99 Reasons to say No Thanks

With 99 days to go until the referendum, here are 99 reasons to say No Thanks on September 18th:

1. Keeping the shipyards open – It is fact that the UK does not build complex warships outside of the UK and so an independent Scotland would simply not get shipbuilding contracts from the UK, risking all the jobs on the Clyde.
2. We have a permanent seat on the UN Security Council – The UK is an important and influential player on the Security Council. The make-up of the permanent members is unlikely to change and so Scotland will be taking itself away from making the most important global decisions by separating from the UK.
3. Keeping the pound – There is no guarantee that Scotland would be able to keep the pound and even if it was, it would still have to follow the rules set by the Bank of England. So Scotland would have to play by the rules without having a say on them.
4. We are still a member of the EU – The President of the European Commission said it would be “extremely difficult, if not impossible” for a separate Scotland to join the EU. Some countries may try to block the application to stop separatists in their own country becoming independent. Even if we were able to reapply, reapplication could last until the 2020s, with years of us not benefitting from it.
5. No border control – Travelling between England and Scotland would mean going through controls in an independent Scotland and would have a negative impact on tourism and business. Scotland would also need to find the millions needed to create its own infrastructure for controlling its borders.
6. Part of world-class Armed Forces – UK Armed Forces and Defence industry are best in the world – we are safer and more secure if we work together as one, rather than breaking apart and trying in vain to recreate what we once had.
7. Control over immigration policy – An independent Scotland would, at best, hope to sign up to the Schengen agreement if a member of the EU, or a Common Trade Agreement with the rest of the UK. Either way, Scotland would have to follow the immigration policies set by its partners. At the moment, as part of the UK, Scotland has a say in this, but if independent, Scotland would have no seat at the table and would have to follow UK rules.
8. We are protected from oil shocks – Scotland’s oil and gas revenue has fluctuated between £2bn and £12bn a year – and in 2012-13 dropped by more than £4bn in one year alone. As part of the UK, we are protected from these drops in revenue.
9. A working pensions system – our UK pensions system is tried and tested, with 1 million Scots guaranteed pensions through the UK welfare system and the UK’s 31 million taxpayers. There are no credible plans to replicate this in an independent Scotland.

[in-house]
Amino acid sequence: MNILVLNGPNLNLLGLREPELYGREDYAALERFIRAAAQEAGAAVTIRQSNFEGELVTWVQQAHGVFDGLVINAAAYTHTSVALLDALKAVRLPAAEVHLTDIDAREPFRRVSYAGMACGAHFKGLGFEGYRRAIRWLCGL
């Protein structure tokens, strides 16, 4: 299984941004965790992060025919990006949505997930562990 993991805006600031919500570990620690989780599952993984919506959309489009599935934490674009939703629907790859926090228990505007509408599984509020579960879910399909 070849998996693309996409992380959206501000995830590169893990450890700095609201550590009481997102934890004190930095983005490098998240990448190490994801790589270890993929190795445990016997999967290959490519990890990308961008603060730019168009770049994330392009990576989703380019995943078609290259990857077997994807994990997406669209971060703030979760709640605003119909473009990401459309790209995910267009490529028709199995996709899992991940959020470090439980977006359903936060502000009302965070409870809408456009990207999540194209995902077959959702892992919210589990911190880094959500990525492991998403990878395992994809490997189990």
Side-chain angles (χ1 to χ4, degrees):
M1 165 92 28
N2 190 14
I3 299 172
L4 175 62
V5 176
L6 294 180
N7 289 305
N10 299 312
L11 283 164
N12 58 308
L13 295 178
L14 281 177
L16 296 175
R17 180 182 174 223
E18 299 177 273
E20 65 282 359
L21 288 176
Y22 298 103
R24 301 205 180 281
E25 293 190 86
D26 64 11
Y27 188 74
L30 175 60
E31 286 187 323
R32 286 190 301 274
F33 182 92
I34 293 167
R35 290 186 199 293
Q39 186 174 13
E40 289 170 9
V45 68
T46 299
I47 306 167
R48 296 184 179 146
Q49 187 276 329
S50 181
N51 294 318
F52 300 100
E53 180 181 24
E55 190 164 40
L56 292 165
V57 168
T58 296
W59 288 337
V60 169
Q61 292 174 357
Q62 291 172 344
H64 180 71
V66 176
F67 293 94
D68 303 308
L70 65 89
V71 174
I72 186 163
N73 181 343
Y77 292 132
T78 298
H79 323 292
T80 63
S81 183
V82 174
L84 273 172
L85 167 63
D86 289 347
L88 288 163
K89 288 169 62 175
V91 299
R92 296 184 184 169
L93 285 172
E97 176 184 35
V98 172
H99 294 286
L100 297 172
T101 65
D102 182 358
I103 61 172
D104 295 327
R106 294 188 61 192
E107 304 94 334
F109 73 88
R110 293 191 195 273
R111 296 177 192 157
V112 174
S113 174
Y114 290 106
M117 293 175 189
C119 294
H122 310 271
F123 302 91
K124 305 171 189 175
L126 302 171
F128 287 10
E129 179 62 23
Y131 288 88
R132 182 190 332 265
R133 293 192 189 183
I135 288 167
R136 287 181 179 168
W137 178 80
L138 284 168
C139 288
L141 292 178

10. More affordable welfare spending – Benefit spending in Scotland is around 2% higher per head of the population than from the rest of Great Britain, millions of pounds per year extra relative to the rest of the country. This additional spending is more affordable because it is spread among 60 million people across the UK rather than 5 million in Scotland. An independent Scotland would have difficult decisions to make on welfare spending.
11. An ageing population – Scotland will have more pensioners and less people working than in other parts of the UK. There is a demographic timebomb and there would be cuts to pensions if we became independent and couldn’t rely on support from the rest of the UK.
12. No start-up costs – The UK Government calculates that independence would cost £1.5bn, while the SNP will not give any estimate. Everything from rebranding the stationary would cost money and we have to ask whether this is really a good use of our money.
13. Keeping our family ties – Scotland, England, Wales and Northern Ireland are not separate countries. Our family and friends live across the whole of the UK, and 50% of Scots have close relatives in the rest of the UK. We should work to keep together in one nation, rather than driving a wedge between us.
14. A cross-border pensions system – Many private pension schemes are based in other parts of the UK. If Scotland became independent, EU rules mean they would have to fund schemes immediately rather than through a staged recovery pan, forcing these companies to find billions of pounds. Other countries in the EU have not had a special deal on this issue, and so it is unlikely Scotland would either.